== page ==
He grabbed his jacket and snatched his keys from the table. In his haste, he’d forgotten Lori was standing there watching him.

“Where are you going?” she asked.

“To confess my sins.”


The church was quiet and dimly lit. Jack stood by the altar, staring up at Jesus on the cross while panic bubbled inside him. What if the priest was gone for the day? Did they have office hours? Were confessions run by appointment only?

A moment later, the priest stepped out from a hidden door at the back of the church. Jack was suddenly at his side, babbling incoherently, begging for mercy and God’s forgiveness. The priest led him to a private box, where he sat in the darkness and wondered where to begin.

Row, row, row your boat, gently down the stream…


Jack drove all night, fleeing from the church and the confession he couldn’t make. By morning the adrenaline-fueled frenzy had burned itself out, and he coasted along in a stupor. At just after 8 a.m., he passed the street he’d grown up on, the street where his parents still lived. He’d moved away six years ago, for college, and stayed away after graduation. He came back when necessary, for holidays and such, but preferred to keep his distance. Lying to himself was easier that way.

Another half hour of driving brought him to the river. He passed the popular spots where, on warm days, the parking lots would be full. On chilly days like this, only the dedicated fishermen and the occasional drunk came to the river. Even so, they stayed on the wide, well-used, public sections. None of them would even see Jack where he was going.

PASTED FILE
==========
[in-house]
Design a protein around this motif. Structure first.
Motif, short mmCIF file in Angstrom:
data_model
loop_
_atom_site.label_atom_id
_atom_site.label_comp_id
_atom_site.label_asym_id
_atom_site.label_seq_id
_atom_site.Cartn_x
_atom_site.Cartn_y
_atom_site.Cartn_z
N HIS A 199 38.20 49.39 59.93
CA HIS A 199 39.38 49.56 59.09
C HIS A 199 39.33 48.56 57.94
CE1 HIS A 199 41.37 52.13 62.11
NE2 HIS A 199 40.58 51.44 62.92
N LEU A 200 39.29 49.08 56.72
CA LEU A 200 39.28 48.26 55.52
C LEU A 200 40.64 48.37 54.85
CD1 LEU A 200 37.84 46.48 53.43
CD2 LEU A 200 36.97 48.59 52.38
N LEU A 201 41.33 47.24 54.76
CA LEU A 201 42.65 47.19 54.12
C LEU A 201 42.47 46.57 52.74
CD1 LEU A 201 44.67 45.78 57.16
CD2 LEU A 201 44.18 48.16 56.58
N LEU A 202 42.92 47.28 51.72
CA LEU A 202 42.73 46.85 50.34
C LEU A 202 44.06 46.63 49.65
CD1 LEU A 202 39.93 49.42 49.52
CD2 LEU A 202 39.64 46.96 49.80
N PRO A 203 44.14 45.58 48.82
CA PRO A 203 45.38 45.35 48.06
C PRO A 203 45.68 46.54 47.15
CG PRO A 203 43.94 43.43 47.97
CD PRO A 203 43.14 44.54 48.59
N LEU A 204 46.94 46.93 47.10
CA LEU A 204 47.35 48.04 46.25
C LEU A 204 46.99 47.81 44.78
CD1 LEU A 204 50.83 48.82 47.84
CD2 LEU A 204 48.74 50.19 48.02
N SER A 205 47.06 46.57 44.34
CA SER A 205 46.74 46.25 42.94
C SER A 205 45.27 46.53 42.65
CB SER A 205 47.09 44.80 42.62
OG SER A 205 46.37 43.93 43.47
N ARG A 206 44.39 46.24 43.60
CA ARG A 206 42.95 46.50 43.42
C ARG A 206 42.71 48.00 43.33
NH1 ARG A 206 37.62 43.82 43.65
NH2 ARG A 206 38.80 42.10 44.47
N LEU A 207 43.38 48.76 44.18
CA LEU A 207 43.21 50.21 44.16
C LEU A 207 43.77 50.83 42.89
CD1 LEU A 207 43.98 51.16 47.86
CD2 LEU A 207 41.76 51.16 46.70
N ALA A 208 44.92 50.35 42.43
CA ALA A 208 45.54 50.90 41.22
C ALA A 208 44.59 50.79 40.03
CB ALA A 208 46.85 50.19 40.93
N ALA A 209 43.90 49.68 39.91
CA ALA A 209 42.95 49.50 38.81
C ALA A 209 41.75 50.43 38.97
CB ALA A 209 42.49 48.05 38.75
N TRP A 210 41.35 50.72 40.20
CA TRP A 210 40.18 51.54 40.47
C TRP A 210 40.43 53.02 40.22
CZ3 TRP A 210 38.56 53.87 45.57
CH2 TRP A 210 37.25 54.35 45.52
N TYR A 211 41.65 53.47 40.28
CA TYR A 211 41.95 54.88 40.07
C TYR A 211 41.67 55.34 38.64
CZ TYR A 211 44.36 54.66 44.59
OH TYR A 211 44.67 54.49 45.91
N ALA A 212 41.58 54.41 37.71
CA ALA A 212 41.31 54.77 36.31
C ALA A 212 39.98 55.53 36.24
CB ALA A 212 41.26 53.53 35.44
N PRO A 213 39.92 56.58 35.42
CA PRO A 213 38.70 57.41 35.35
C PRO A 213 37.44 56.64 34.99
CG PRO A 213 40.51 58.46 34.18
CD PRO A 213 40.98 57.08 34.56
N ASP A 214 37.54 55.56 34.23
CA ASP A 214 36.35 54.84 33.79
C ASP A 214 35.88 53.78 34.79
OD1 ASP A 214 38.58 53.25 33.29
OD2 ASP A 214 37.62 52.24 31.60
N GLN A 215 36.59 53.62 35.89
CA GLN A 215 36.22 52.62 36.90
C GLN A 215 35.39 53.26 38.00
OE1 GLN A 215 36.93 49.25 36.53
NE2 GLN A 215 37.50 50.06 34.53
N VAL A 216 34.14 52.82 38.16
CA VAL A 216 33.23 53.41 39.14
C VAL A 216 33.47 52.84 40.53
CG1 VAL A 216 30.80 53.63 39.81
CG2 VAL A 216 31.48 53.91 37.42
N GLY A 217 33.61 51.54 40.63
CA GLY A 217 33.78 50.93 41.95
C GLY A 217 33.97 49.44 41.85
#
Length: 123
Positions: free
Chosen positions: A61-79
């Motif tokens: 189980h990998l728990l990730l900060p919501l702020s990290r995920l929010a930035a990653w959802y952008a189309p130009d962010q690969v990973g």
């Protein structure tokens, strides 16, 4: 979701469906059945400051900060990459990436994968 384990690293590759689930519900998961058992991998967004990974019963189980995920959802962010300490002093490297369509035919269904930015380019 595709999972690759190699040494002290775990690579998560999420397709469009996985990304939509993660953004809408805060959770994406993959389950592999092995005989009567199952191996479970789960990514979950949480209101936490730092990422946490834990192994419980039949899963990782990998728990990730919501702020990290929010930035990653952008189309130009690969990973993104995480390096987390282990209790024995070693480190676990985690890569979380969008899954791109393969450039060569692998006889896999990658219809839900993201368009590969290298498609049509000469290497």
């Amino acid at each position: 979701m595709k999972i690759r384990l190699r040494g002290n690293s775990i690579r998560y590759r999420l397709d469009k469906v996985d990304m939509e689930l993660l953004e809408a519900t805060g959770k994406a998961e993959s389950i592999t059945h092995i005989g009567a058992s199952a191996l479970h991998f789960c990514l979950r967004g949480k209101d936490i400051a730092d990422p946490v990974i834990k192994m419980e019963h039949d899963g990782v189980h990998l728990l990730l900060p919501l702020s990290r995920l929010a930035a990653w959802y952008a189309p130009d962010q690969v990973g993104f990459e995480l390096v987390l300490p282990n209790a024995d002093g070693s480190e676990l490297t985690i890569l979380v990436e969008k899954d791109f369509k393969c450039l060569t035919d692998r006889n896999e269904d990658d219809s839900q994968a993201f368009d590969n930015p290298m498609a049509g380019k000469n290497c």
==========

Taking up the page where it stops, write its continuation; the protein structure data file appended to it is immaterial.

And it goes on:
Several more miles brought him to a dirt path barely wide enough for a car. He turned in and bumped along over the ruts. One hundred feet in, he parked. He switched the engine off and sat for a moment in the silence. He hadn’t been back here since that fateful day.

Row, row, row your boat…

Jack found himself out of the car, ducking under the trees along the narrow path, though he didn’t remember making the move. Five minutes and he was there, at the edge of the marsh, where the river trickled into a stream. He kept walking, his shoes sinking into the muck and filling with water. He walked while the song filled his head and tears stung his eyes.

Then he was there, beside it, amazed but somehow not surprised that it remained right where they’d left it. The rowboat had become part of its environment. The land was reclaiming the wood, wearing it away, concealing it. The river water was cleansing the sin. But somehow not eliminating it.

Jack stood there and the song played in his head. He’d been fourteen, feeling full of himself for having a girlfriend one year his senior and light-years more advanced. He and Kerry had arranged to meet here to make out, and maybe more, but at the last minute her parents had left her in charge of their five-year-old foster child. Billy was a manic little boy recently removed from an abusive home. Kerry resented his very existence and treated him like the pesky inconvenience she considered him to be.

Jack remembered telling Kerry they should take Billy home, come back another day. Kerry had made fun of him, belittled him, called him a sissy boy. She’d stolen the canoe, stashed it there in the marsh for a little afternoon delight, and if he wasn’t up to keeping her company on the ride, she’d find someone else who was.